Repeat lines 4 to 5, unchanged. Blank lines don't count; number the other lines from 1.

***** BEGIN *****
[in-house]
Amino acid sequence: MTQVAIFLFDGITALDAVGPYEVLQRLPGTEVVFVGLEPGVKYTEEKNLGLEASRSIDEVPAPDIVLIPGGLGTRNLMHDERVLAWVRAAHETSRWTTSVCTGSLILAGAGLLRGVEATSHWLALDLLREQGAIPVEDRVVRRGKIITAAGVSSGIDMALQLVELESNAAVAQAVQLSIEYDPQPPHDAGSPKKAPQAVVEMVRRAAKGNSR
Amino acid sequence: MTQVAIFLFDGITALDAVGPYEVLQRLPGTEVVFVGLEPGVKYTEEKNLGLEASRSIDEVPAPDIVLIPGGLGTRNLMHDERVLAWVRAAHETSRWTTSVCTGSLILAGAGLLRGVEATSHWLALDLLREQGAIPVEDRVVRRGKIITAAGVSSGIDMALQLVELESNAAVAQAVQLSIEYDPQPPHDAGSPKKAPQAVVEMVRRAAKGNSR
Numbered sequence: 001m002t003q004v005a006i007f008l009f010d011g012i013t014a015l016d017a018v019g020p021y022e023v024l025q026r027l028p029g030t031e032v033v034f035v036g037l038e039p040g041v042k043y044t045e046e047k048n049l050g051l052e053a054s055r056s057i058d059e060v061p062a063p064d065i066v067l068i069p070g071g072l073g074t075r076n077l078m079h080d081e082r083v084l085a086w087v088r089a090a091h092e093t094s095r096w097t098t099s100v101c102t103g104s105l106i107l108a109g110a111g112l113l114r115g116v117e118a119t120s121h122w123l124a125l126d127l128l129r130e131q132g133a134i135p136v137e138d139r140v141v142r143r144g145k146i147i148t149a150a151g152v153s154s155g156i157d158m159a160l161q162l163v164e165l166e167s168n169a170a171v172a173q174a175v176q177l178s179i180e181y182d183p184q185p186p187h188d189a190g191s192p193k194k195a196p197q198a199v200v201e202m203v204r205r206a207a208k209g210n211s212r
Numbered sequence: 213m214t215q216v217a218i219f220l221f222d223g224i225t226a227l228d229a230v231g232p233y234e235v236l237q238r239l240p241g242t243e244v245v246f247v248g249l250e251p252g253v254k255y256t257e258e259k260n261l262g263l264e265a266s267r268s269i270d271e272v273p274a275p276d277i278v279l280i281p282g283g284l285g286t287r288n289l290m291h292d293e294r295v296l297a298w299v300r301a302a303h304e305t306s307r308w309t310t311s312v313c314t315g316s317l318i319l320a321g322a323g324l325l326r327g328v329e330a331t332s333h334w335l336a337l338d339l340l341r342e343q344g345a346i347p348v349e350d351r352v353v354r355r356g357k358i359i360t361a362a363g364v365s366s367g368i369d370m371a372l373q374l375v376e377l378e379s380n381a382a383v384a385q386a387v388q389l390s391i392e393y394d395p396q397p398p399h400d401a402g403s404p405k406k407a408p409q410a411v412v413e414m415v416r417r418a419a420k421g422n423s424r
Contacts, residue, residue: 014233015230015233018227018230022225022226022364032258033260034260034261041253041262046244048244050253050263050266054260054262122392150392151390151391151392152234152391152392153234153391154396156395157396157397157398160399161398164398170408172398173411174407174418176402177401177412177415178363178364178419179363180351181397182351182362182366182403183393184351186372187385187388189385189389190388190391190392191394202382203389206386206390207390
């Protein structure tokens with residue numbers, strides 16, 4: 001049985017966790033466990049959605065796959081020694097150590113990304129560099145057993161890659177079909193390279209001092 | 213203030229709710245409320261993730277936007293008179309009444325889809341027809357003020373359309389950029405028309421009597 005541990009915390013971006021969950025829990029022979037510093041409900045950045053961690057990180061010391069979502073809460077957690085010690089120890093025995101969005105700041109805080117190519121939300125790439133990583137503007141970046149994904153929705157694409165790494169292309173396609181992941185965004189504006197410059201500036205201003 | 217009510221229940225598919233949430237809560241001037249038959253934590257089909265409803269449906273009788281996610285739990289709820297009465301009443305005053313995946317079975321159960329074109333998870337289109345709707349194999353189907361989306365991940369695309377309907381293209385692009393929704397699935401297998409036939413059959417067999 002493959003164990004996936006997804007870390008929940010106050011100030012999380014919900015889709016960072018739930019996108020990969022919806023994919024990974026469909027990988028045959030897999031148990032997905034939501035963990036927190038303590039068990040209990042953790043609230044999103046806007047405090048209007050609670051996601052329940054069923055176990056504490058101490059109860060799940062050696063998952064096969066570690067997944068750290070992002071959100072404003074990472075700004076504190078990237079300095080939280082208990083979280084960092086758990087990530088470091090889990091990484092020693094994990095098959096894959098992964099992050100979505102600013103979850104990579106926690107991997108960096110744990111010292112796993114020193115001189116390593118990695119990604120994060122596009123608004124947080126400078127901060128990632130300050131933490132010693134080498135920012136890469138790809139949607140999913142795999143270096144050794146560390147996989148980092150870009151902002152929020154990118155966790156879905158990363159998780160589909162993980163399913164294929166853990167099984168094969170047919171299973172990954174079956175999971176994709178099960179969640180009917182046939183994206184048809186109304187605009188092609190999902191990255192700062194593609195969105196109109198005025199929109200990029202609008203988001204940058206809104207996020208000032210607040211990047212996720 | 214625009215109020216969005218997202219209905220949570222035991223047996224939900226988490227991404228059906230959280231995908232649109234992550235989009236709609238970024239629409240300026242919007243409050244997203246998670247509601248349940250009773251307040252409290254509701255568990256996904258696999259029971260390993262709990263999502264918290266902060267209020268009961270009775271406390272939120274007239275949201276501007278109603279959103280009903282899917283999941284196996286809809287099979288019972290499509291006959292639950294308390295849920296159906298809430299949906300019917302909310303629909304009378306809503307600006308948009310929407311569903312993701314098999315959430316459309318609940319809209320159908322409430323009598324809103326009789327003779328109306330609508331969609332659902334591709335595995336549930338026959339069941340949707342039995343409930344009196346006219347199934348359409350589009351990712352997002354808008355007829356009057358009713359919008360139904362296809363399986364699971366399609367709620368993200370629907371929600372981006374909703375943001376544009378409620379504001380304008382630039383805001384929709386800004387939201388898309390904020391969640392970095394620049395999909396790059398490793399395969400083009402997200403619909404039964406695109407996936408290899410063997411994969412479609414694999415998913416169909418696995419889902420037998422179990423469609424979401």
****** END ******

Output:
Numbered sequence: 001m002t003q004v005a006i007f008l009f010d011g012i013t014a015l016d017a018v019g020p021y022e023v024l025q026r027l028p029g030t031e032v033v034f035v036g037l038e039p040g041v042k043y044t045e046e047k048n049l050g051l052e053a054s055r056s057i058d059e060v061p062a063p064d065i066v067l068i069p070g071g072l073g074t075r076n077l078m079h080d081e082r083v084l085a086w087v088r089a090a091h092e093t094s095r096w097t098t099s100v101c102t103g104s105l106i107l108a109g110a111g112l113l114r115g116v117e118a119t120s121h122w123l124a125l126d127l128l129r130e131q132g133a134i135p136v137e138d139r140v141v142r143r144g145k146i147i148t149a150a151g152v153s154s155g156i157d158m159a160l161q162l163v164e165l166e167s168n169a170a171v172a173q174a175v176q177l178s179i180e181y182d183p184q185p186p187h188d189a190g191s192p193k194k195a196p197q198a199v200v201e202m203v204r205r206a207a208k209g210n211s212r
Numbered sequence: 213m214t215q216v217a218i219f220l221f222d223g224i225t226a227l228d229a230v231g232p233y234e235v236l237q238r239l240p241g242t243e244v245v246f247v248g249l250e251p252g253v254k255y256t257e258e259k260n261l262g263l264e265a266s267r268s269i270d271e272v273p274a275p276d277i278v279l280i281p282g283g284l285g286t287r288n289l290m291h292d293e294r295v296l297a298w299v300r301a302a303h304e305t306s307r308w309t310t311s312v313c314t315g316s317l318i319l320a321g322a323g324l325l326r327g328v329e330a331t332s333h334w335l336a337l338d339l340l341r342e343q344g345a346i347p348v349e350d351r352v353v354r355r356g357k358i359i360t361a362a363g364v365s366s367g368i369d370m371a372l373q374l375v376e377l378e379s380n381a382a383v384a385q386a387v388q389l390s391i392e393y394d395p396q397p398p399h400d401a402g403s404p405k406k407a408p409q410a411v412v413e414m415v416r417r418a419a420k421g422n423s424r